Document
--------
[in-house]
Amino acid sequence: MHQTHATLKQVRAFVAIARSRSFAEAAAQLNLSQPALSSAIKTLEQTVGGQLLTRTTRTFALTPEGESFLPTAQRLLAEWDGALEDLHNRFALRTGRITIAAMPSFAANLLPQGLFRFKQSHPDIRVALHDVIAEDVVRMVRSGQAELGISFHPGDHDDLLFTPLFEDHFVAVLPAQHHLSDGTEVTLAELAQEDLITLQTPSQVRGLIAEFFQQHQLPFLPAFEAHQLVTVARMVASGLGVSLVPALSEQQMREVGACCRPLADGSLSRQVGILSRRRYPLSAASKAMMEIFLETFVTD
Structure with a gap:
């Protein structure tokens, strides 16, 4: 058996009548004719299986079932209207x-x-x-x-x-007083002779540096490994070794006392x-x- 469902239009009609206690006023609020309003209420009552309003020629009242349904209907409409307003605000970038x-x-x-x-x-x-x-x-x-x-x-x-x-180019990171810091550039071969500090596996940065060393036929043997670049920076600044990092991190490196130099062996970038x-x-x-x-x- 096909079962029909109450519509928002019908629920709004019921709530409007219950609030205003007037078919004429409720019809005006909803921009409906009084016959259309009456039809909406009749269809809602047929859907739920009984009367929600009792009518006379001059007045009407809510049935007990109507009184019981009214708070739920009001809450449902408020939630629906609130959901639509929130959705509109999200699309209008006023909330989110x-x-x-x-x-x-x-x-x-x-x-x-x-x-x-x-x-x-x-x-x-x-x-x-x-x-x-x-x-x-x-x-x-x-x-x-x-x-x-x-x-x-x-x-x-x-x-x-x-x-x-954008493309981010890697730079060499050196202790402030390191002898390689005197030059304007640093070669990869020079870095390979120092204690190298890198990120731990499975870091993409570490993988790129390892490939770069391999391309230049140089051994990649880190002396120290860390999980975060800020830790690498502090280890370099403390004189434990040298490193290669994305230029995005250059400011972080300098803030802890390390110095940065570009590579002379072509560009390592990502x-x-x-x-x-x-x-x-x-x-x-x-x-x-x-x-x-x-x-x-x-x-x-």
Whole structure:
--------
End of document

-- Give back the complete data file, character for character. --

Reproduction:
[in-house]
Amino acid sequence: MHQTHATLKQVRAFVAIARSRSFAEAAAQLNLSQPALSSAIKTLEQTVGGQLLTRTTRTFALTPEGESFLPTAQRLLAEWDGALEDLHNRFALRTGRITIAAMPSFAANLLPQGLFRFKQSHPDIRVALHDVIAEDVVRMVRSGQAELGISFHPGDHDDLLFTPLFEDHFVAVLPAQHHLSDGTEVTLAELAQEDLITLQTPSQVRGLIAEFFQQHQLPFLPAFEAHQLVTVARMVASGLGVSLVPALSEQQMREVGACCRPLADGSLSRQVGILSRRRYPLSAASKAMMEIFLETFVTD
Structure with a gap:
């Protein structure tokens, strides 16, 4: 058996009548004719299986079932209207x-x-x-x-x-007083002779540096490994070794006392x-x- 469902239009009609206690006023609020309003209420009552309003020629009242349904209907409409307003605000970038x-x-x-x-x-x-x-x-x-x-x-x-x-180019990171810091550039071969500090596996940065060393036929043997670049920076600044990092991190490196130099062996970038x-x-x-x-x- 096909079962029909109450519509928002019908629920709004019921709530409007219950609030205003007037078919004429409720019809005006909803921009409906009084016959259309009456039809909406009749269809809602047929859907739920009984009367929600009792009518006379001059007045009407809510049935007990109507009184019981009214708070739920009001809450449902408020939630629906609130959901639509929130959705509109999200699309209008006023909330989110x-x-x-x-x-x-x-x-x-x-x-x-x-x-x-x-x-x-x-x-x-x-x-x-x-x-x-x-x-x-x-x-x-x-x-x-x-x-x-x-x-x-x-x-x-x-x-x-x-x-x-954008493309981010890697730079060499050196202790402030390191002898390689005197030059304007640093070669990869020079870095390979120092204690190298890198990120731990499975870091993409570490993988790129390892490939770069391999391309230049140089051994990649880190002396120290860390999980975060800020830790690498502090280890370099403390004189434990040298490193290669994305230029995005250059400011972080300098803030802890390390110095940065570009590579002379072509560009390592990502x-x-x-x-x-x-x-x-x-x-x-x-x-x-x-x-x-x-x-x-x-x-x-």
Whole structure: